Beach Patrol Chief Ray Tartal says the water will be closed all day Friday. Lifeguards were patrolling the beach on foot after their stands were moved from the beach as a precaution.
Tartal says people are being allowed on the beach, but that could change later in the day depending on the waves. He said a decision would be made Saturday on whether people could go into the water then.
Forecasters at the National Weather Service said some showers associated with the storm were expected through at least midday.
Saturday was expected to be sunny and breezy.
Meanwhile, people who have surf fishing permits that allow them to drive on to the beaches at Delaware state parks are being told they can't because of Hurricane Earl.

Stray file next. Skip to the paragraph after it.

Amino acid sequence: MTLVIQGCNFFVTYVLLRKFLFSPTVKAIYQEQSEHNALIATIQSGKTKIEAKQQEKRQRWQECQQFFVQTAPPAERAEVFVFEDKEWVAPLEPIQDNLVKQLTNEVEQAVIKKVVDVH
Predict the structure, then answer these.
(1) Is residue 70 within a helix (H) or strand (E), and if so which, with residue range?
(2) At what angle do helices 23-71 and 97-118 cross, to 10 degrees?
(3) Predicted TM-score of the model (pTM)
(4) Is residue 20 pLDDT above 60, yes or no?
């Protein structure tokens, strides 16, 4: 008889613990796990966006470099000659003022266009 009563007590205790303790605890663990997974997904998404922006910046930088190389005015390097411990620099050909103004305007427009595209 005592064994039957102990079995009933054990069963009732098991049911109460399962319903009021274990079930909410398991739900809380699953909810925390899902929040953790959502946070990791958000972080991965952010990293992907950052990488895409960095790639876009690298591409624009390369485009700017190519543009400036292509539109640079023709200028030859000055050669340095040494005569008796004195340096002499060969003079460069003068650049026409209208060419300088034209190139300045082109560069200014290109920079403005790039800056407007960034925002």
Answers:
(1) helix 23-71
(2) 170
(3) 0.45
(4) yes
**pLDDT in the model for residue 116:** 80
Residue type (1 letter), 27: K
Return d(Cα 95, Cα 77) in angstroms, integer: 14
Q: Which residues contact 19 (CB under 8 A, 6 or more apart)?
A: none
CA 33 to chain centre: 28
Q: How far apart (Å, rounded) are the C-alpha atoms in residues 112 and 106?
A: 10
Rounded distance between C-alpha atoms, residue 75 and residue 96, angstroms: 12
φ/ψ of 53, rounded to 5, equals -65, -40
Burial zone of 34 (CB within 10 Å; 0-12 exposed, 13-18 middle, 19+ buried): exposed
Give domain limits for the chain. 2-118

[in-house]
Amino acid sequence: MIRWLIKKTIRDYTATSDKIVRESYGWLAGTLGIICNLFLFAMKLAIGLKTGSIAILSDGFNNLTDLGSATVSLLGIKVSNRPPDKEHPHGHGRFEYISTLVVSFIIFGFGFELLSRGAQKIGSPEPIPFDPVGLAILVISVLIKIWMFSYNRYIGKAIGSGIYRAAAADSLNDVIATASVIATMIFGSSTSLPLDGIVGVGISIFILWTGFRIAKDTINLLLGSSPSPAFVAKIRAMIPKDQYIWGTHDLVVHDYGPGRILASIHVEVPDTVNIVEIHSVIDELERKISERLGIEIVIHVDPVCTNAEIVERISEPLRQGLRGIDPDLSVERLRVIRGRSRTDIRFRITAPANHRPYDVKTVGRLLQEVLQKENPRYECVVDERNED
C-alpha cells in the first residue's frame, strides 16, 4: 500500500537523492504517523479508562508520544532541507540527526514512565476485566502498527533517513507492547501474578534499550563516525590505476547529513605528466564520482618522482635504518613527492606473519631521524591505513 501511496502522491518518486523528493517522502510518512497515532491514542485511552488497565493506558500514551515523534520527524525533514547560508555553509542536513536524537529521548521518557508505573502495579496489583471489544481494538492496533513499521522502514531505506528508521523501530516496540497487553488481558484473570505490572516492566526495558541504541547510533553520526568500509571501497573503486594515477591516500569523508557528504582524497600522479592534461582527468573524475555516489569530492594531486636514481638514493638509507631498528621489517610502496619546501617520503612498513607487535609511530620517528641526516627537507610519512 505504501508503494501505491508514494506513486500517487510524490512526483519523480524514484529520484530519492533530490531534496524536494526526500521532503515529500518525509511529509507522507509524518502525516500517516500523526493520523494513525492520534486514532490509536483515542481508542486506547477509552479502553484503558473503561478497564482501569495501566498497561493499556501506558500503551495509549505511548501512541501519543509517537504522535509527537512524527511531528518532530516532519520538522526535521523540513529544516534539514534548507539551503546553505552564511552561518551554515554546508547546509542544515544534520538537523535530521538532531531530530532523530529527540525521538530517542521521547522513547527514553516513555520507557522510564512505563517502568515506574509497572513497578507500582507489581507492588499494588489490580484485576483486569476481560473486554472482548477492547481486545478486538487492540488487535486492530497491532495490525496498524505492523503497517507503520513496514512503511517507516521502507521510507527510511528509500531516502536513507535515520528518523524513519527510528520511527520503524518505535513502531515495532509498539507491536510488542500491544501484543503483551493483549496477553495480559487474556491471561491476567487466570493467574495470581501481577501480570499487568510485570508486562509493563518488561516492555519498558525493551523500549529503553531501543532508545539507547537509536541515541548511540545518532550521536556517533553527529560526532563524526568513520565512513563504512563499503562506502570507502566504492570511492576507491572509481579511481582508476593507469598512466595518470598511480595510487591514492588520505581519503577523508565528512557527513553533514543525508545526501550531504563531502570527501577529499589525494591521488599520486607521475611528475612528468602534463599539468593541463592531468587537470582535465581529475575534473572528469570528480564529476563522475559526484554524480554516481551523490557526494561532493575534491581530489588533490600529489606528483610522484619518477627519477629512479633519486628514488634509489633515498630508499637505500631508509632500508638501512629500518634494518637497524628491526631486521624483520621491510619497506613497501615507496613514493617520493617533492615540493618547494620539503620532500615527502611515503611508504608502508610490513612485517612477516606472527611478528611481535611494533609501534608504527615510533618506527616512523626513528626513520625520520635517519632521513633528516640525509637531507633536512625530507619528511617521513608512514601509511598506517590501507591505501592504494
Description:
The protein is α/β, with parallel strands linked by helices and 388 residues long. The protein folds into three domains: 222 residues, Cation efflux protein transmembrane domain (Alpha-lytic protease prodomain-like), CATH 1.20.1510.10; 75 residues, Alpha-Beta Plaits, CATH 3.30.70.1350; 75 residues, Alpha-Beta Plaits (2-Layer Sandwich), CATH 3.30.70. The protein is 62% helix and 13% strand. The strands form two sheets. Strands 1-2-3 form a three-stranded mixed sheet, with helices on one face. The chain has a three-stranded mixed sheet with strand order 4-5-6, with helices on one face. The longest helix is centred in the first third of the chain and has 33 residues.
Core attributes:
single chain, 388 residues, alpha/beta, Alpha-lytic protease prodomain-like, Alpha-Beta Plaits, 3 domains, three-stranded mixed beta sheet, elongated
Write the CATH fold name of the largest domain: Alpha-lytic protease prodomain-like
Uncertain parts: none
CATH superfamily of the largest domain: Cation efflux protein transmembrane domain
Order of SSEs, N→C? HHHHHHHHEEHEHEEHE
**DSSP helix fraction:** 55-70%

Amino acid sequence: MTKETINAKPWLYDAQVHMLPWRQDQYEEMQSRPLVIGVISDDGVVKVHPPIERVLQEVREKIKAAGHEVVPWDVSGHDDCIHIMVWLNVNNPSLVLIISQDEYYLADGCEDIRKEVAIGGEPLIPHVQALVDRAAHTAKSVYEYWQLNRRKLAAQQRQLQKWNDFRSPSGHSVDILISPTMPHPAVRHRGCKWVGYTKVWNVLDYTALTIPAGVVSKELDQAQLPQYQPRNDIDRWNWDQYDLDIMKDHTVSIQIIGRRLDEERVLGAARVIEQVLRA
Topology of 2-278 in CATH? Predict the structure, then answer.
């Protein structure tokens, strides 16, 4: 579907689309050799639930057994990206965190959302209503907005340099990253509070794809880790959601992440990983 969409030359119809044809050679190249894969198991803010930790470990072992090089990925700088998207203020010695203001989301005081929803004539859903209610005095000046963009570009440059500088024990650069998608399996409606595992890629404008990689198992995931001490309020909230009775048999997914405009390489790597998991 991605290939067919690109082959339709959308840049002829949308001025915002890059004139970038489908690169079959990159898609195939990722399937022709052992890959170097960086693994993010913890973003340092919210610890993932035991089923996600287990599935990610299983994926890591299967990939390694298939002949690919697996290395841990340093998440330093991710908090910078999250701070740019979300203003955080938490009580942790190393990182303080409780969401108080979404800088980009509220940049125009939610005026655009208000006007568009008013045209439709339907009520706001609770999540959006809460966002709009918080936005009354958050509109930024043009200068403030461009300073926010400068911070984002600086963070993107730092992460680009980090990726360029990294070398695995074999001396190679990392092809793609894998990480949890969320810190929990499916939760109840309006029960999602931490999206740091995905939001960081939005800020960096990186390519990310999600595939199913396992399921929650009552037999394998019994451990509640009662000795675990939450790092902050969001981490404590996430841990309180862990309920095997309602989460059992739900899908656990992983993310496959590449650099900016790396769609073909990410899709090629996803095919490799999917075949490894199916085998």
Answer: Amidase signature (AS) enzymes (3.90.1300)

Doug Long, the park superintendent at Delaware Seashore State Park, said Friday that officials decided late Thursday that vehicles shouldn't be allowed to drive on to the sand. Long says Earl has brought in a tidal surge and there's "not a whole lot of flat beach to drive on." The beach at Cape Henlopen State Park in Lewes was also closed to surf fishers.
Long says that on a typical holiday weekend he might expect 300 vehicles with people surf fishing on the beach.
Delaware Emergency Management Agency spokeswoman Rosanne Pack says officials have not had any reports of damage or flooding as of Friday afternoon.